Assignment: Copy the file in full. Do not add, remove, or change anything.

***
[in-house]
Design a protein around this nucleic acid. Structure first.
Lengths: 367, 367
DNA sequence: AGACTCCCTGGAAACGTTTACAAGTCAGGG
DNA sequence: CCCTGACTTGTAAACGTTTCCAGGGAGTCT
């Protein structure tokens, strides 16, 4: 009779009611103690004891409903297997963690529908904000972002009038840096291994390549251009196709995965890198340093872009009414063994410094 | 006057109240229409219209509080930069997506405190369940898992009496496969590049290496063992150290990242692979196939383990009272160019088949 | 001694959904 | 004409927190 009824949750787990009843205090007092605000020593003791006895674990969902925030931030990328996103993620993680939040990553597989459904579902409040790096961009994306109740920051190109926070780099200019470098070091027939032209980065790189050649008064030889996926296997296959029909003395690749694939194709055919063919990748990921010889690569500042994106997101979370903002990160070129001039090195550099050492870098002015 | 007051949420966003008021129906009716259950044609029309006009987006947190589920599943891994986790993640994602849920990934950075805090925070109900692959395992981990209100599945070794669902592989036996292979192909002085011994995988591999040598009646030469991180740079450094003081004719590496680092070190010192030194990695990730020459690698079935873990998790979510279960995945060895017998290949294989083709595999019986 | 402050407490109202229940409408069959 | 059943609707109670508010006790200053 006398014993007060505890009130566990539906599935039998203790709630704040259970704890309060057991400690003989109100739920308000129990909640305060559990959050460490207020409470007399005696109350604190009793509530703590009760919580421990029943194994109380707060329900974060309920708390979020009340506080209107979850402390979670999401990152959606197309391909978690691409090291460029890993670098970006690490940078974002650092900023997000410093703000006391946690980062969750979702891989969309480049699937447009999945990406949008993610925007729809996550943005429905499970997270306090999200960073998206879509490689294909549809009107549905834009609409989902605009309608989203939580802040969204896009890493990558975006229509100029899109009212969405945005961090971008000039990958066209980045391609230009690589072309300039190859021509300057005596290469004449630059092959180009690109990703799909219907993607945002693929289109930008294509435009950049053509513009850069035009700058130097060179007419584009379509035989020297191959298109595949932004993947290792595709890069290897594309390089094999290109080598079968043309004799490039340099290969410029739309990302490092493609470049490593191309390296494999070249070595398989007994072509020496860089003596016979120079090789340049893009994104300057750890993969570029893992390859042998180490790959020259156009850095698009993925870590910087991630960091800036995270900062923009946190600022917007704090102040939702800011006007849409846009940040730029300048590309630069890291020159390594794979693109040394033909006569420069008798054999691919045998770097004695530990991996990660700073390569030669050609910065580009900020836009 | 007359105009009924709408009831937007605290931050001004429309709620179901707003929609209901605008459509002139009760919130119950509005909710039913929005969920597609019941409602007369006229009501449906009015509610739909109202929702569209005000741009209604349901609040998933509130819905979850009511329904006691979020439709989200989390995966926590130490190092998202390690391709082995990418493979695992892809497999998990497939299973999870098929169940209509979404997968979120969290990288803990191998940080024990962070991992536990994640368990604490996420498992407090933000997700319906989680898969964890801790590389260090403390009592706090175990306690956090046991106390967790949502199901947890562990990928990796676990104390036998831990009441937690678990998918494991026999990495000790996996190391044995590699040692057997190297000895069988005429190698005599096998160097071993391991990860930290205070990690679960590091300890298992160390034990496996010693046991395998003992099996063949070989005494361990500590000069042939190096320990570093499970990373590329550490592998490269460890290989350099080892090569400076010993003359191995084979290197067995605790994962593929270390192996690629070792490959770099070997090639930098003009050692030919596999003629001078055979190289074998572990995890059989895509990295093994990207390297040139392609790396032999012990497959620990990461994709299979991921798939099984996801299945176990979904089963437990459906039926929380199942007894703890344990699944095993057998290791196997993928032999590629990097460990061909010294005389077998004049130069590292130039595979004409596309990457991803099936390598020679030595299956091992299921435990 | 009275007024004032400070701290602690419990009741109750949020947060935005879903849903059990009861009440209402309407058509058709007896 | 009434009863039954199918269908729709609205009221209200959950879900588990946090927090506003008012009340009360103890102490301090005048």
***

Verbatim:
[in-house]
Design a protein around this nucleic acid. Structure first.
Lengths: 367, 367
DNA sequence: AGACTCCCTGGAAACGTTTACAAGTCAGGG
DNA sequence: CCCTGACTTGTAAACGTTTCCAGGGAGTCT
């Protein structure tokens, strides 16, 4: 009779009611103690004891409903297997963690529908904000972002009038840096291994390549251009196709995965890198340093872009009414063994410094 | 006057109240229409219209509080930069997506405190369940898992009496496969590049290496063992150290990242692979196939383990009272160019088949 | 001694959904 | 004409927190 009824949750787990009843205090007092605000020593003791006895674990969902925030931030990328996103993620993680939040990553597989459904579902409040790096961009994306109740920051190109926070780099200019470098070091027939032209980065790189050649008064030889996926296997296959029909003395690749694939194709055919063919990748990921010889690569500042994106997101979370903002990160070129001039090195550099050492870098002015 | 007051949420966003008021129906009716259950044609029309006009987006947190589920599943891994986790993640994602849920990934950075805090925070109900692959395992981990209100599945070794669902592989036996292979192909002085011994995988591999040598009646030469991180740079450094003081004719590496680092070190010192030194990695990730020459690698079935873990998790979510279960995945060895017998290949294989083709595999019986 | 402050407490109202229940409408069959 | 059943609707109670508010006790200053 006398014993007060505890009130566990539906599935039998203790709630704040259970704890309060057991400690003989109100739920308000129990909640305060559990959050460490207020409470007399005696109350604190009793509530703590009760919580421990029943194994109380707060329900974060309920708390979020009340506080209107979850402390979670999401990152959606197309391909978690691409090291460029890993670098970006690490940078974002650092900023997000410093703000006391946690980062969750979702891989969309480049699937447009999945990406949008993610925007729809996550943005429905499970997270306090999200960073998206879509490689294909549809009107549905834009609409989902605009309608989203939580802040969204896009890493990558975006229509100029899109009212969405945005961090971008000039990958066209980045391609230009690589072309300039190859021509300057005596290469004449630059092959180009690109990703799909219907993607945002693929289109930008294509435009950049053509513009850069035009700058130097060179007419584009379509035989020297191959298109595949932004993947290792595709890069290897594309390089094999290109080598079968043309004799490039340099290969410029739309990302490092493609470049490593191309390296494999070249070595398989007994072509020496860089003596016979120079090789340049893009994104300057750890993969570029893992390859042998180490790959020259156009850095698009993925870590910087991630960091800036995270900062923009946190600022917007704090102040939702800011006007849409846009940040730029300048590309630069890291020159390594794979693109040394033909006569420069008798054999691919045998770097004695530990991996990660700073390569030669050609910065580009900020836009 | 007359105009009924709408009831937007605290931050001004429309709620179901707003929609209901605008459509002139009760919130119950509005909710039913929005969920597609019941409602007369006229009501449906009015509610739909109202929702569209005000741009209604349901609040998933509130819905979850009511329904006691979020439709989200989390995966926590130490190092998202390690391709082995990418493979695992892809497999998990497939299973999870098929169940209509979404997968979120969290990288803990191998940080024990962070991992536990994640368990604490996420498992407090933000997700319906989680898969964890801790590389260090403390009592706090175990306690956090046991106390967790949502199901947890562990990928990796676990104390036998831990009441937690678990998918494991026999990495000790996996190391044995590699040692057997190297000895069988005429190698005599096998160097071993391991990860930290205070990690679960590091300890298992160390034990496996010693046991395998003992099996063949070989005494361990500590000069042939190096320990570093499970990373590329550490592998490269460890290989350099080892090569400076010993003359191995084979290197067995605790994962593929270390192996690629070792490959770099070997090639930098003009050692030919596999003629001078055979190289074998572990995890059989895509990295093994990207390297040139392609790396032999012990497959620990990461994709299979991921798939099984996801299945176990979904089963437990459906039926929380199942007894703890344990699944095993057998290791196997993928032999590629990097460990061909010294005389077998004049130069590292130039595979004409596309990457991803099936390598020679030595299956091992299921435990 | 009275007024004032400070701290602690419990009741109750949020947060935005879903849903059990009861009440209402309407058509058709007896 | 009434009863039954199918269908729709609205009221209200959950879900588990946090927090506003008012009340009360103890102490301090005048």